Submitting your site to search engines is still important for SEO success.
Mainly because it offers you benefits you can’t get anywhere else.
1. Making sure search engines index your site,
2. Letting search engines know exactly what’s important on your site, and
3. Using search engine-specific tools to improve your site’s overall ranking.
That being said, there are things you should and shouldn’t do when submitting your site to search engines.
And in this post, I’m going to tell you exactly what they are.
Plus, I’ll show you steps to take after submitting your site that will all but guarantee that your pages will remain indexed well into the future.
Let’s dive in.
The Do’s and Don’ts of Submitting Your Site to Search Engines
Do: Actually Submit Your Site to Search Engines
Here are three reasons why it’s smart:
1. It makes sure search engines know your site exists
Listen, let’s be honest …
Google and Bing will probably find your site on their own, even if you don’t submit it.
But the key word here is “probably.”
There’s no guarantee that Google or Bing will find your site without your help.
(You only need to search “site not indexed” on Google to know this is true.)
But manually submitting your site to Google or Bing guarantees that both search engines know that your site exists.
The best part?
It only takes a few minutes to do it.
2. It tells search engines what’s most important on your site
Search engines are typically pretty good at crawling sites.
But they’re not always quick to crawl new or updated content.
With Google, you can tell it specifically what it needs to crawl by submitting individual URLs from your site to Google through your Search Console.
I’ll show you how to do this later on in this post.
3. It makes your site better
Google and Bing offer free built-in tools that will help improve your site: Google’s Search Console and Bing’s Webmaster Tools.
For instance, Google’s suite of tools lets you:
- Check and diagnose your site’s mobile load speed
- Improve your site’s HTML code
- Find 404 pages and diagnose the issue
- Check your robots.txt file for errors
- See a list of keywords you’re currently ranking for
- And much more
Use these tools to your advantage.
After all, what better way to make sure your site is optimized for a particular search engine than to get the info straight from the search engine itself.
Do: Submit Your Site to Google, Bing and Yahoo!
Google, Bing and Yahoo! are, by far, the most popular search engines (with Google having the vast majority of the market share).
So submitting your site to them should take top priority.
Here’s how to do it:
How to submit your site to Google
Submitting your site to Google involves locating your sitemap, signing up for Google’s Search Console, and submitting your sitemap to Google through Search Console.
1. Locate your site’s sitemap
A sitemap is a file that provides information about all of the pages and content on your site and how they relate to each other.
Google uses it to improve the crawling of your site.
I use WordPress and the free Yoast SEO plugin to create and find my sitemaps:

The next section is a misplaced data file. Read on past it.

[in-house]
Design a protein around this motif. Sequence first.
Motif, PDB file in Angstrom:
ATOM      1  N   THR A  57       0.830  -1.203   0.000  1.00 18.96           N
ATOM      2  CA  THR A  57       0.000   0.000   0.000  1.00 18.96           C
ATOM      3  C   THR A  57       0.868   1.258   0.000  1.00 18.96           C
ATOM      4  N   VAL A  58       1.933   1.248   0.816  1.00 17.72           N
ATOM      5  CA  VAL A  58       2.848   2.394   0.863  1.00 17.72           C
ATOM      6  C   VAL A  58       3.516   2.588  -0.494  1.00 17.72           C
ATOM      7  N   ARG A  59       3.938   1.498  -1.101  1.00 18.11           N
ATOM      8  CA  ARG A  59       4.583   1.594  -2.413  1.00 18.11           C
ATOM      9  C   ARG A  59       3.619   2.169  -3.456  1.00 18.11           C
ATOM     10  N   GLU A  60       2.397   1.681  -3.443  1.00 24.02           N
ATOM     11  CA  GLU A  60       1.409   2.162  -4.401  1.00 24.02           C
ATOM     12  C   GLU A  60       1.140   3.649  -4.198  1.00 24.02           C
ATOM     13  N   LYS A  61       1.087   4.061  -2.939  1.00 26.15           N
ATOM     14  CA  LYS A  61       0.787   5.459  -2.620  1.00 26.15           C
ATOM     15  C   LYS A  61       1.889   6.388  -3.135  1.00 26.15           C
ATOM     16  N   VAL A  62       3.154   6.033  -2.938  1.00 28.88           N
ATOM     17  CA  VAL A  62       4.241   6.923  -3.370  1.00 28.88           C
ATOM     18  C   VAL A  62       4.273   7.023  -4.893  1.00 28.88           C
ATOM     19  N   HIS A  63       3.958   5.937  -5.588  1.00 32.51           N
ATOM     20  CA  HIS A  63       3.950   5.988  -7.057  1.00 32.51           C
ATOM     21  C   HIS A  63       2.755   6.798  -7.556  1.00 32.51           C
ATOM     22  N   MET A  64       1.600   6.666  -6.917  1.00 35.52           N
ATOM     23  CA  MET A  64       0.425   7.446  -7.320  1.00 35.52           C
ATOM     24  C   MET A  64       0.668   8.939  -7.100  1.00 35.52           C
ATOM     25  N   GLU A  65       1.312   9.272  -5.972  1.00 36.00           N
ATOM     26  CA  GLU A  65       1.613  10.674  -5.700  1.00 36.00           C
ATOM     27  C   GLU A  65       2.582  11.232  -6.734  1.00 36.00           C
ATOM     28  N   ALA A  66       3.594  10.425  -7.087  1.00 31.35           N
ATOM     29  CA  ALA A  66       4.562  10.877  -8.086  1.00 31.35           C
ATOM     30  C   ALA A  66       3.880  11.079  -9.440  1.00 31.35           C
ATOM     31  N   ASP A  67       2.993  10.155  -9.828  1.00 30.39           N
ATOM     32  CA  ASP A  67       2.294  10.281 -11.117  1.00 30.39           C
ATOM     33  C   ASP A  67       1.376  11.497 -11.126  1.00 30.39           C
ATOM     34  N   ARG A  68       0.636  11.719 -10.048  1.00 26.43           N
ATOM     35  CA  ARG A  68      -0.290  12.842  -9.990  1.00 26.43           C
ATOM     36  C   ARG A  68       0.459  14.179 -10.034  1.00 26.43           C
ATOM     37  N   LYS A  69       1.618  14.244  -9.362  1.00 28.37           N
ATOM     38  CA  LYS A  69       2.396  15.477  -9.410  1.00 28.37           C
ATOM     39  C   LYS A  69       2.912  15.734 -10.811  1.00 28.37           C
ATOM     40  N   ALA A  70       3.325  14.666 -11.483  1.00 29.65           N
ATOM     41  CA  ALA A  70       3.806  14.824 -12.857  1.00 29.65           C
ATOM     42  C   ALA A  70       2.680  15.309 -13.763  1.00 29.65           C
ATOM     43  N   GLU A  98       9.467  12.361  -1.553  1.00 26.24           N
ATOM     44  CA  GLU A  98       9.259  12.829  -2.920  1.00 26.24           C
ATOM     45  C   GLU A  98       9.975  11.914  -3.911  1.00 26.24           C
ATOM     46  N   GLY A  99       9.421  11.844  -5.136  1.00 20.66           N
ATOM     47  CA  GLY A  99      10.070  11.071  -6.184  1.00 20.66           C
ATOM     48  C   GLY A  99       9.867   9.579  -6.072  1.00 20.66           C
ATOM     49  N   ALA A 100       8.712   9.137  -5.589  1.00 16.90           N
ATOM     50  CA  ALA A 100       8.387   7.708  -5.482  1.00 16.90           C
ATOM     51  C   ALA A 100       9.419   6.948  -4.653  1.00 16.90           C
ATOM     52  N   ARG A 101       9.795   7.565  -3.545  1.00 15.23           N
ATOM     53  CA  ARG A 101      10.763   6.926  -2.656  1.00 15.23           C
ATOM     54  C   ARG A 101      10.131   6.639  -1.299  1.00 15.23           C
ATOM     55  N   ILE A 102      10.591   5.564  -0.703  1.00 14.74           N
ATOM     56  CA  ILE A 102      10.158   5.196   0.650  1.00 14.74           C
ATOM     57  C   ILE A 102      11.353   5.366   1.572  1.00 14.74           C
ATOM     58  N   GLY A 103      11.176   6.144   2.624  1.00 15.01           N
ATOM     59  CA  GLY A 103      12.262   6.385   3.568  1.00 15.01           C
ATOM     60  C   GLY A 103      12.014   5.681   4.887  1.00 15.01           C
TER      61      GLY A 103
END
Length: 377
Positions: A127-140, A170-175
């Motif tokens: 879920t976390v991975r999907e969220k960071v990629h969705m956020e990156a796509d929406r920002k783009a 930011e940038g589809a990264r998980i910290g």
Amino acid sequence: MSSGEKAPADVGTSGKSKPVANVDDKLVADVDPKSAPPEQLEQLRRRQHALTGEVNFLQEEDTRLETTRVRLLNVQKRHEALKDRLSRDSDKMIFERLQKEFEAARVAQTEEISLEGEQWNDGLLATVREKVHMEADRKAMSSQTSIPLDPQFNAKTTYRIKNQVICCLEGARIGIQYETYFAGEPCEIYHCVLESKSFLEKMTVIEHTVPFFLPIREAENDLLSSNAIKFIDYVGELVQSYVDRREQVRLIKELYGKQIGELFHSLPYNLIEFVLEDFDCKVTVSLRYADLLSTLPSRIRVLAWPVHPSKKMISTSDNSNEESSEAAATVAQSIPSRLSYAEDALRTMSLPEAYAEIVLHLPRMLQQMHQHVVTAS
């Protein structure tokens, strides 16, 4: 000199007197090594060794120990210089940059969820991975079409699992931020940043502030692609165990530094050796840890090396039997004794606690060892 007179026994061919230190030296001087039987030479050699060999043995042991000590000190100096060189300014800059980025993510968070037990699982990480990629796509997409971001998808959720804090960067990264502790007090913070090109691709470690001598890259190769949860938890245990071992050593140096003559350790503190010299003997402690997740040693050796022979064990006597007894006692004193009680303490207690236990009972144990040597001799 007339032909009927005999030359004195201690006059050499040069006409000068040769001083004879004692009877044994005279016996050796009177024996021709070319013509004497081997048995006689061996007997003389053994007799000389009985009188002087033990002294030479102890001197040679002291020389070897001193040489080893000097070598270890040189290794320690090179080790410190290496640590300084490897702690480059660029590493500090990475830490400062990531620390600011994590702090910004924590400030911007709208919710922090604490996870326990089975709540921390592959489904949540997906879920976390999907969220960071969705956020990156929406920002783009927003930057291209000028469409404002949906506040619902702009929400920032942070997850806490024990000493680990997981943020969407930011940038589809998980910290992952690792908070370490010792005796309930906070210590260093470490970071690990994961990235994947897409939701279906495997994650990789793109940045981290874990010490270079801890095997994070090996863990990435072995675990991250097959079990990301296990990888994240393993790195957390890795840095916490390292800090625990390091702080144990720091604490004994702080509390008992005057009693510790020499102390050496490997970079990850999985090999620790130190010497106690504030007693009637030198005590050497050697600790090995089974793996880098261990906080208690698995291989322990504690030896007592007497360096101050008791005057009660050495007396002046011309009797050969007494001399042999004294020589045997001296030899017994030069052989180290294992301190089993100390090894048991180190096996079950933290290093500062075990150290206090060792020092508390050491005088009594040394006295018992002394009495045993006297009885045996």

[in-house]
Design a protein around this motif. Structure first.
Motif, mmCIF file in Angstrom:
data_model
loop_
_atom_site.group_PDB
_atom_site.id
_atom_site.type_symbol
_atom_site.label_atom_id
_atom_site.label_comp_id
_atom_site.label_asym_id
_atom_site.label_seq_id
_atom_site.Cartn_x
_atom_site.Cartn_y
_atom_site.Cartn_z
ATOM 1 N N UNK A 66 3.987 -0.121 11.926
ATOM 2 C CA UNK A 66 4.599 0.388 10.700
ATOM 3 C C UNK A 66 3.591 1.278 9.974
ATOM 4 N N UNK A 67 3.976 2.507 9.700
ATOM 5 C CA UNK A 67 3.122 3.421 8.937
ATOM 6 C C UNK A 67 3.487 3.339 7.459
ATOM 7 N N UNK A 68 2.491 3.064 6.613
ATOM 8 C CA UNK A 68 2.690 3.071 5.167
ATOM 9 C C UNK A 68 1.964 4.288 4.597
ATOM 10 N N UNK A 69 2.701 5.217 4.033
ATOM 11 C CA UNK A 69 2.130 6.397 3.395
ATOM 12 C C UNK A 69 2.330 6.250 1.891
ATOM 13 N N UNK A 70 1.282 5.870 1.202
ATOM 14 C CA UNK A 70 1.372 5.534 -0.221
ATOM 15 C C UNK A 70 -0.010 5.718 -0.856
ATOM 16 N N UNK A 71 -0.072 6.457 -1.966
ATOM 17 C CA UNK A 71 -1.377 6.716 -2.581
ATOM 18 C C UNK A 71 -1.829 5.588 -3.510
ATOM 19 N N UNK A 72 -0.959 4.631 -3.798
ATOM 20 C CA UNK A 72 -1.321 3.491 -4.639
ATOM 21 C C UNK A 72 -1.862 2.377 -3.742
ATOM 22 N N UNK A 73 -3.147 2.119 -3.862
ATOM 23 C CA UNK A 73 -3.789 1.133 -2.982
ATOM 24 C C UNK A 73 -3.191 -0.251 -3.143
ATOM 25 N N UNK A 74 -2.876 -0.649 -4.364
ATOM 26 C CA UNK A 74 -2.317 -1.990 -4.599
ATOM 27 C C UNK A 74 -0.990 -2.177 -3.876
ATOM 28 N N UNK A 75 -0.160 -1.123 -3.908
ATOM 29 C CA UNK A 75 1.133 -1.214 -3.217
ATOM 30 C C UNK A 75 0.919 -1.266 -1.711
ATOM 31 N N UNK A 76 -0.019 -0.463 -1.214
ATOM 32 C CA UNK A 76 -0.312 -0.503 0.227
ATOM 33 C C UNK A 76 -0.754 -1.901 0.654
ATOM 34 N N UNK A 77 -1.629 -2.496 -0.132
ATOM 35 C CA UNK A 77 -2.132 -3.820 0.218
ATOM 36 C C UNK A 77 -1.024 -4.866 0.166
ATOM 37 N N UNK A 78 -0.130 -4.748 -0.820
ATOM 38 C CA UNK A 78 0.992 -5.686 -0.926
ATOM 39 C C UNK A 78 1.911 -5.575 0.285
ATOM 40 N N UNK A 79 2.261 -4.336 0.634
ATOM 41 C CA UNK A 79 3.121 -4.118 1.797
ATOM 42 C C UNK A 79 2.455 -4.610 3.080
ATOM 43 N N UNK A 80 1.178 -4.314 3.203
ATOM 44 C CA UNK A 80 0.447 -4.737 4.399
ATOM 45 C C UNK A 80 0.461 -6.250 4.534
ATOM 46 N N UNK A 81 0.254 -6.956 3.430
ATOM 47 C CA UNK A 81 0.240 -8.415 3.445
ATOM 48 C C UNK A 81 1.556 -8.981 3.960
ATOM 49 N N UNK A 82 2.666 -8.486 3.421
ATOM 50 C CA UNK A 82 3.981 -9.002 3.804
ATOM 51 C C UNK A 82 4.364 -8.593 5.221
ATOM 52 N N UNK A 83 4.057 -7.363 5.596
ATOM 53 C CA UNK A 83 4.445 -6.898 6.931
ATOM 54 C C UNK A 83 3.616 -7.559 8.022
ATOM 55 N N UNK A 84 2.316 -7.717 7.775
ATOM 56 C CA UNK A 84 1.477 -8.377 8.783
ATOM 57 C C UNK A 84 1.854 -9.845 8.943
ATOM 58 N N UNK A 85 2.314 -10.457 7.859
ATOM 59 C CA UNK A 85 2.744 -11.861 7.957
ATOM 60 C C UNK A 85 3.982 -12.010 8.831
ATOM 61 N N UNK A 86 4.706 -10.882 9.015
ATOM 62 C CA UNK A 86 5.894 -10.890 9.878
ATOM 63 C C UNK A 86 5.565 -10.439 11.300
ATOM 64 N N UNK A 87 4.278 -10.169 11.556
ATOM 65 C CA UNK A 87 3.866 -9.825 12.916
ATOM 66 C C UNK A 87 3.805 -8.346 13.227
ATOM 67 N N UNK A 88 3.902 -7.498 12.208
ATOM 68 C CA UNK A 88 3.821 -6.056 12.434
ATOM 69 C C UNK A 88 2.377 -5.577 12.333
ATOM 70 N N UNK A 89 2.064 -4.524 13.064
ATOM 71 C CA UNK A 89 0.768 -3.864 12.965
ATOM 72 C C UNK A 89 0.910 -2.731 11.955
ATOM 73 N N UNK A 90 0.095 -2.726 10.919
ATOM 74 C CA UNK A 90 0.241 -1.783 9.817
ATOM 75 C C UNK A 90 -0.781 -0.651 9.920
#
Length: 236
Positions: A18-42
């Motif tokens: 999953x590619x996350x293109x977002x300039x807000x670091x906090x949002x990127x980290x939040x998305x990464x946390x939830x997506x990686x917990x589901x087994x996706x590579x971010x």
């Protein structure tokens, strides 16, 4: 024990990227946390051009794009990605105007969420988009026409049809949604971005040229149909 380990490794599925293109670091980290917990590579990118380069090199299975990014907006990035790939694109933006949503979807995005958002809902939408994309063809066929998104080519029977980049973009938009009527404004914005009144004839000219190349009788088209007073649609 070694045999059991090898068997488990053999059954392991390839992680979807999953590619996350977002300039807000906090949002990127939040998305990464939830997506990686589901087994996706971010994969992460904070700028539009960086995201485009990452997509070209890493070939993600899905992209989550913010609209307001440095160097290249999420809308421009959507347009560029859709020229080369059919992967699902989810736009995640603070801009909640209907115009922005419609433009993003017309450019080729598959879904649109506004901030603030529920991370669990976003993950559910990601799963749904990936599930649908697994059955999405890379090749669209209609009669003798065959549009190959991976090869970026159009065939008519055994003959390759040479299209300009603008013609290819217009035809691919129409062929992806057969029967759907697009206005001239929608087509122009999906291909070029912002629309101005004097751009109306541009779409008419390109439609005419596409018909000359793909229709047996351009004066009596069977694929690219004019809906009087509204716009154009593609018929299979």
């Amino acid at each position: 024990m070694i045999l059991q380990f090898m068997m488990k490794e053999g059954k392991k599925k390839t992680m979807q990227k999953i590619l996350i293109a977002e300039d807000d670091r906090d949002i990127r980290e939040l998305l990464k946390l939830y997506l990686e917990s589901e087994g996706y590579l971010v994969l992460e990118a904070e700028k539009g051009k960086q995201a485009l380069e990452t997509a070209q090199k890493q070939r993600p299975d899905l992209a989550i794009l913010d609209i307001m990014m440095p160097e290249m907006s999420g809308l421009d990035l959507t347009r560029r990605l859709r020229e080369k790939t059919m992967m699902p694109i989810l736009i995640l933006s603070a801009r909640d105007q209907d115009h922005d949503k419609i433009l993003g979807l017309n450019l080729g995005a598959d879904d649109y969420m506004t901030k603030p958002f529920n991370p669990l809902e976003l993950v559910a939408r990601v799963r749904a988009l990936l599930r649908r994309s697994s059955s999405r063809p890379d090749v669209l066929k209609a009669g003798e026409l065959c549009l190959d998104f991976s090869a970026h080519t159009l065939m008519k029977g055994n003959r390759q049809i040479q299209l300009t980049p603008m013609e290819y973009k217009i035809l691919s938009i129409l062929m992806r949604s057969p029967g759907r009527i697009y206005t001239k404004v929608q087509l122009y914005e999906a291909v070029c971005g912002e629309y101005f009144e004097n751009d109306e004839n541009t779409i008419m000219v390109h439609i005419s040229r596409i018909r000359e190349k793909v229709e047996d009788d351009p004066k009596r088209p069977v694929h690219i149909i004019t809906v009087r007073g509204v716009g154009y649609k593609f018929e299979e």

First, download and install the Yoast SEO plugin (it’s free):
Next, log in to your WordPress admin, find the “SEO” tab in your sidebar and click “XML Sitemaps:”
Then, make sure “XML sitemap functionality” is Enabled (if not, then enable it to generate your sitemap):
Finally, click the “XML Sitemap” link under Your XML Sitemap …
… to open your sitemap index page and get your sitemap’s URL:
2. Log in to (or sign up for) Google’s Search Console
Google’s Search Console is a free online tool suite that lets you monitor and maintain your site’s standing in Google search results.
To set it up, you’ll need to sign up for it and add your property (aka: website):
Once you’ve added your property, you’ll need to verify it.
I recommend using the “HTML tag” method of verification. Here’s how to use it:
First, go to the “HTML tag” box in the verification options box, expand it and copy the code inside of the text box under heading #1:
(IMPORTANT: Don’t close out this screen yet. You’ll need it for the final step.)
Next, you’ll need to paste the code you copied into your site’s header.
Most WordPress themes will include a section (usually inside their theme options) specifically for header code. This is where you’ll place the code:
If you’re unsure where your header code should go, Google your theme’s name followed by “header scripts.”
For example, if my theme’s name was “Tango,” then I’d type “tango header scripts” in to Google.
If you still can’t find it, or your theme doesn’t support it, then you can always download a WordPress plugin like Insert Headers and Footers that will provide a spot for you.
After you’ve added the HTML tag to your site, go back to the “HTML tag” box where you copied the meta tag and click the “Verify” button at the bottom-right:
It’ll take Google a few seconds to verify your site. Once it’s finished, you can proceed to step 3.
3. Submit your site’s sitemap to Google using Search Console
Once you verify your site and log in to Search Console, follow these steps to submit your site to Google:
(Side Note: I personally prefer using Google’s old Search Console, so that’s what I’ll use to show you how to submit a website and submit individual URLs—which I’ll cover in just a bit.